Emory goes Down Under to deliver nighttime intensive care here Emory goes Down Under to deliver nighttime intensive care here
Hospitals, like many other workplaces, have a tough time filling slots on the night shift. Few doctors and nurses want to work overnight hours,... Emory goes Down Under to deliver nighttime intensive care here

Hospitals, like many other workplaces, have a tough time filling slots on the night shift. Few doctors and nurses want to work overnight hours, which are often inconvenient and can take a toll in fatigue and burnout.

But in a novel way, Emory medical providers are addressing the problem. Through the technology of telehealth, the health system’s personnel based at a center in Perth, Australia, are delivering intensive care services over a distance of 11,000 miles – to Emory patients back in Atlanta.

Perth, on the southwestern coast of Australia, is nearly as far from Atlanta as one could get, and there’s a 12-hour time difference between the two cities. So while Emory doctors and nurses stationed in Perth are working during the day, they are monitoring ICU patients in Atlanta, where it’s late at night or in the “wee hours” of the morning.

Through this long-distance service, the doctors are ‘‘turning night into day.’’ It’s a concept developed by Dr. Timothy Buchman, founding director of the Emory Critical Care Center, and Cheryl Hiddleson, director of the Emory eICU Center.

“We believe we can provide critical care to a patient no matter where they are in the world,” Buchman says.

Emory already had a telehealth ICU unit in Atlanta, monitoring patients at Emory hospitals and at a hospital in Statesboro. The program launched after Emory received a $10.7 million Innovation Award from the Centers for Medicare and Medicaid Services (CMS).

In 2014, the eICU program, based at Emory Saint Joseph’s Hospital, came to critical care units at Emory University Hospital, Emory University Hospital Midtown, Saint Joseph’s, Emory Johns Creek Hospital and East Georgia Regional Medical Center in Statesboro.

Doctors and nurses in the control room monitored patients during night and weekend shifts, when fewer physicians were present in those hospitals.

Buchman recently told GHN that the demand for critical care services is high and will grow in Georgia, because the state’s Baby Boomers are at or near retirement age and other retirees are moving here. For the past five years, he says, “very experienced ICU doctors and nurses have been supporting and guiding folks at the bedside.’’

“It’s not just rural hospitals that need this support,’’ Buchman says.

And there is a national shortage of board-certified “intensivist” physicians, critical care physicians who mainly work in ICUs.

The Australia experiment began in 2016 with a pilot program in Sydney, which is on the country’s southeastern coast and is actually 14 hours ahead of Atlanta. Emory had three nurses and four physicians working in rotations from six to 12 weeks.

Emory’s eICU at Saint Joseph’s Hospital. Photos by Jack Kearse

 

Buchman says the providers worked more efficiently and felt better because they were working during daylight hours, reducing burnout and maintaining high job satisfaction. Patients benefited by having focused management of care during both day and night hours, he says.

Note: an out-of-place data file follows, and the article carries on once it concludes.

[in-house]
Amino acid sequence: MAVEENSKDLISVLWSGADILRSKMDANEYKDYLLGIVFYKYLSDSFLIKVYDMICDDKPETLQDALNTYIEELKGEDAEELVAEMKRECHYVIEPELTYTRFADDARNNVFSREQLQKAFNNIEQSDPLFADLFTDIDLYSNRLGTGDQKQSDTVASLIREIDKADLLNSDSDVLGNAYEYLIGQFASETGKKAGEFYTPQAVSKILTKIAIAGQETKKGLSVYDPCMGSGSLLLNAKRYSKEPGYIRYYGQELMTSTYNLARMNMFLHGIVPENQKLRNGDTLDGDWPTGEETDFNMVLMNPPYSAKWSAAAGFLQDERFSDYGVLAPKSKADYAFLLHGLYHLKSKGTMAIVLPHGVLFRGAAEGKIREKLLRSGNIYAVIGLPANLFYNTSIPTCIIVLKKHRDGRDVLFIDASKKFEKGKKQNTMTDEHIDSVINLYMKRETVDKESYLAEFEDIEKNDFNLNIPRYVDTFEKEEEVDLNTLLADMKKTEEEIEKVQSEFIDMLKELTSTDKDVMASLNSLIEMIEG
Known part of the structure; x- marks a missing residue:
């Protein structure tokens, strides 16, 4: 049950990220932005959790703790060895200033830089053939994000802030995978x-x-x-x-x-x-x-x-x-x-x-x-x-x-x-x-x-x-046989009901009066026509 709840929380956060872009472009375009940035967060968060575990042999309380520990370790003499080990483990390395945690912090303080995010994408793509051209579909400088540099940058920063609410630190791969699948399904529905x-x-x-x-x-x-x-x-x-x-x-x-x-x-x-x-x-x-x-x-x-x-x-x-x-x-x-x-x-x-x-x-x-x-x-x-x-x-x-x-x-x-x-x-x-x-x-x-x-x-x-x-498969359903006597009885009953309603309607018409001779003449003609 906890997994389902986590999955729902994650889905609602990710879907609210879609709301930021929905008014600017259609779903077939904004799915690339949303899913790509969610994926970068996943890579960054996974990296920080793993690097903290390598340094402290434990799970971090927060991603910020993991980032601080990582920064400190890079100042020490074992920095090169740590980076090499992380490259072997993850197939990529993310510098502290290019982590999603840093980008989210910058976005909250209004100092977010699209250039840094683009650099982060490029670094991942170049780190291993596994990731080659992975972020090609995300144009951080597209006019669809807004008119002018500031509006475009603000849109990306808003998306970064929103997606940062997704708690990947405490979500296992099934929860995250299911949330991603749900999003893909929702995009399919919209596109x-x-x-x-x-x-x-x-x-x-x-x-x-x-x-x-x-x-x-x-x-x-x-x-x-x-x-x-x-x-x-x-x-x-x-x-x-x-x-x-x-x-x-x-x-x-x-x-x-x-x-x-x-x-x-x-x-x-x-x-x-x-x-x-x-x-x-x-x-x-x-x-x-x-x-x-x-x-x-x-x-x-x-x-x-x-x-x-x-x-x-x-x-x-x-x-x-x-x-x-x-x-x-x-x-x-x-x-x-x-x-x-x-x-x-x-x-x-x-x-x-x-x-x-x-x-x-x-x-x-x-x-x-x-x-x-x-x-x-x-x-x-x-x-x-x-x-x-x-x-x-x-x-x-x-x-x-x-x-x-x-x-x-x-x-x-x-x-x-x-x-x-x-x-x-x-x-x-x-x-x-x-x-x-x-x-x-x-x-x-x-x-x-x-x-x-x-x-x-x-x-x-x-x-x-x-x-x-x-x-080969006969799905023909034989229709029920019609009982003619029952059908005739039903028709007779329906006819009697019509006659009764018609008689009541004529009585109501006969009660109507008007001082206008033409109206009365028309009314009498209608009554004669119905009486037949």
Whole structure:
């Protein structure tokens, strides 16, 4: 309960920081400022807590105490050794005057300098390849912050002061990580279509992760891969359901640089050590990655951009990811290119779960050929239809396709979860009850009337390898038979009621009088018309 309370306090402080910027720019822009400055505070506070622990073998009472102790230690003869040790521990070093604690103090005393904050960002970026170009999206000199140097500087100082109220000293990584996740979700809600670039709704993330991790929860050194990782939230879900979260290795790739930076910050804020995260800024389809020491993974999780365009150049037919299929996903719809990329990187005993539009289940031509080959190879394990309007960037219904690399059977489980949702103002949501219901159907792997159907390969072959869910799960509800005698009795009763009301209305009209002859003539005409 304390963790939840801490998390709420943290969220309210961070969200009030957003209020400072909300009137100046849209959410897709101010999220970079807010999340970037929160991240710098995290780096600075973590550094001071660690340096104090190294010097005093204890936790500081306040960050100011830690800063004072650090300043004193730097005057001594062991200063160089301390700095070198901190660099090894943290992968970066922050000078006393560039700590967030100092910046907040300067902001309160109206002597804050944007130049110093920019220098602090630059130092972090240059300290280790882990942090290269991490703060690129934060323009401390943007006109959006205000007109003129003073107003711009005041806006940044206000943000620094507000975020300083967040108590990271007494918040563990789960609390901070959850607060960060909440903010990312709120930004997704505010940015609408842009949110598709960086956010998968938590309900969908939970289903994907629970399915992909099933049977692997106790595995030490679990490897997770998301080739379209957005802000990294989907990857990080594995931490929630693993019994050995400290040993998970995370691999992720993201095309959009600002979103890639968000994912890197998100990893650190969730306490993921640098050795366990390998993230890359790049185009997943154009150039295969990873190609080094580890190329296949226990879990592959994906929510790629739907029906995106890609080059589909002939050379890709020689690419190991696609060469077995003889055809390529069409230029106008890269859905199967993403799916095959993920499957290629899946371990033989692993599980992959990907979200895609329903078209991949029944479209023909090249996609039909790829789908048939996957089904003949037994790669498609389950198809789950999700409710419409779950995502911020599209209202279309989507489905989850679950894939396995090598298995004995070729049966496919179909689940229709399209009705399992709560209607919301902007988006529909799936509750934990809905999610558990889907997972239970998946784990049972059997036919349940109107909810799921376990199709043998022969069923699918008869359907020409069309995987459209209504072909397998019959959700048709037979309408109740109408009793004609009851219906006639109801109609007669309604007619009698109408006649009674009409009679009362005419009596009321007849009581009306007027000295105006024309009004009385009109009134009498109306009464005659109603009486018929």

The Emory program is based at Royal Perth Hospital. The 7 p.m. shift for Emory is handled by staff who begin work at 7 a.m. Perth time.

Buchman

The monitoring of sights and sounds at the hospital bed is facilitated by a 60-inch TV. Members of the Australia team can speak directly to a provider at the patient’s bedside in Atlanta, while also talking with the patient or family members. Specialized cameras, video monitors, microphones and speakers are installed in Emory’s ICU rooms.

In Georgia, there are not enough experienced doctors working at night, Buchman says. “We’re here to support them.’’

He gives an example of a patient with atrial fibrillation, an irregular and often rapid heart rate that can increase the risk of stroke, heart failure and other heart-related complications. If a Georgia patient hasn’t responded to the initial drug treatment, a physician at a remote location can prescribe a higher dose or a different medicine, or even recommend electrical shock treatment when necessary.

“There’s a lot of decision-making’’ in such situations, and an experienced doctor is well suited to handle that, Buchman says.

Emory’s telehealth work has helped some rural and underserved communities in Georgia, says Rena Brewer of the Georgia Partnership for Telehealth.

The projected work rotation for Emory volunteers in Australia is nine to 16 weeks. “People have lives and careers based in Georgia,” Buchman notes.

A report done for CMS found last year that Emory’s eICU innovation program, which started three years ago, reduced length of patient stays in the ICU, resulted in fewer readmissions, reduced costs by millions of dollars and helped solve the shortage of intensivists.

At Emory University Hospital, nurse Melissa Morris (left) works with an ICU patient while nurse Lisa Walls speaks remotely with Dr. Milad Sharifpour, based in Perth.

 

Chris Kane, a consultant for Progressive Healthcare, says “any initiative that  improves safety with the potential to reduce length of stay is a positive development.’’

“A ‘Down Under’ opportunity may enhance recruitment and retention of physicians,’’ Kane adds.


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Andy Miller

Andy Miller is editor and CEO of Georgia Health News

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